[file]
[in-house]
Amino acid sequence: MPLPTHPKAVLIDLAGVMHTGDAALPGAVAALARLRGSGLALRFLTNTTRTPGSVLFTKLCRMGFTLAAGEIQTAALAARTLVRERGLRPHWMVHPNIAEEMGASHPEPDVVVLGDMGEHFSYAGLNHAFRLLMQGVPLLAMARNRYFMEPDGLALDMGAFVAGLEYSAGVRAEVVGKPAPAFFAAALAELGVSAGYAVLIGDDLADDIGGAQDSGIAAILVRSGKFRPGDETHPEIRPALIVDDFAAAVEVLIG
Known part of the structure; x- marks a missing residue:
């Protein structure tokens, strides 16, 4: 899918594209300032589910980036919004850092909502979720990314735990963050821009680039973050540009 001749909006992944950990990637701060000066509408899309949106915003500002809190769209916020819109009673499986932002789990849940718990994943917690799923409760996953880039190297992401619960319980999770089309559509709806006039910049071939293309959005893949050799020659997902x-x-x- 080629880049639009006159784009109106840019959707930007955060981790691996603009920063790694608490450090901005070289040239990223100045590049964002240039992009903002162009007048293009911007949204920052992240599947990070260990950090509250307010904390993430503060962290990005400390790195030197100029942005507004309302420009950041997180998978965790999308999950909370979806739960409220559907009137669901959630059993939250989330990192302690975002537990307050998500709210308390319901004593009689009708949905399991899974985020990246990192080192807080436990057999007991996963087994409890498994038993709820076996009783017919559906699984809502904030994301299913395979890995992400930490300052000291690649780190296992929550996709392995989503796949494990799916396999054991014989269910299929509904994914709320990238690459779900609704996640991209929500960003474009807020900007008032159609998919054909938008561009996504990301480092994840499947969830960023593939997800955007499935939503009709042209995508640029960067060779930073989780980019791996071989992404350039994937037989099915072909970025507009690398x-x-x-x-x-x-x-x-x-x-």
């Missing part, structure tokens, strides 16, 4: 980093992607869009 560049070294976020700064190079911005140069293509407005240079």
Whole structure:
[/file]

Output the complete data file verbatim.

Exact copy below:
[in-house]
Amino acid sequence: MPLPTHPKAVLIDLAGVMHTGDAALPGAVAALARLRGSGLALRFLTNTTRTPGSVLFTKLCRMGFTLAAGEIQTAALAARTLVRERGLRPHWMVHPNIAEEMGASHPEPDVVVLGDMGEHFSYAGLNHAFRLLMQGVPLLAMARNRYFMEPDGLALDMGAFVAGLEYSAGVRAEVVGKPAPAFFAAALAELGVSAGYAVLIGDDLADDIGGAQDSGIAAILVRSGKFRPGDETHPEIRPALIVDDFAAAVEVLIG
Known part of the structure; x- marks a missing residue:
């Protein structure tokens, strides 16, 4: 899918594209300032589910980036919004850092909502979720990314735990963050821009680039973050540009 001749909006992944950990990637701060000066509408899309949106915003500002809190769209916020819109009673499986932002789990849940718990994943917690799923409760996953880039190297992401619960319980999770089309559509709806006039910049071939293309959005893949050799020659997902x-x-x- 080629880049639009006159784009109106840019959707930007955060981790691996603009920063790694608490450090901005070289040239990223100045590049964002240039992009903002162009007048293009911007949204920052992240599947990070260990950090509250307010904390993430503060962290990005400390790195030197100029942005507004309302420009950041997180998978965790999308999950909370979806739960409220559907009137669901959630059993939250989330990192302690975002537990307050998500709210308390319901004593009689009708949905399991899974985020990246990192080192807080436990057999007991996963087994409890498994038993709820076996009783017919559906699984809502904030994301299913395979890995992400930490300052000291690649780190296992929550996709392995989503796949494990799916396999054991014989269910299929509904994914709320990238690459779900609704996640991209929500960003474009807020900007008032159609998919054909938008561009996504990301480092994840499947969830960023593939997800955007499935939503009709042209995508640029960067060779930073989780980019791996071989992404350039994937037989099915072909970025507009690398x-x-x-x-x-x-x-x-x-x-």
């Missing part, structure tokens, strides 16, 4: 980093992607869009 560049070294976020700064190079911005140069293509407005240079």
Whole structure: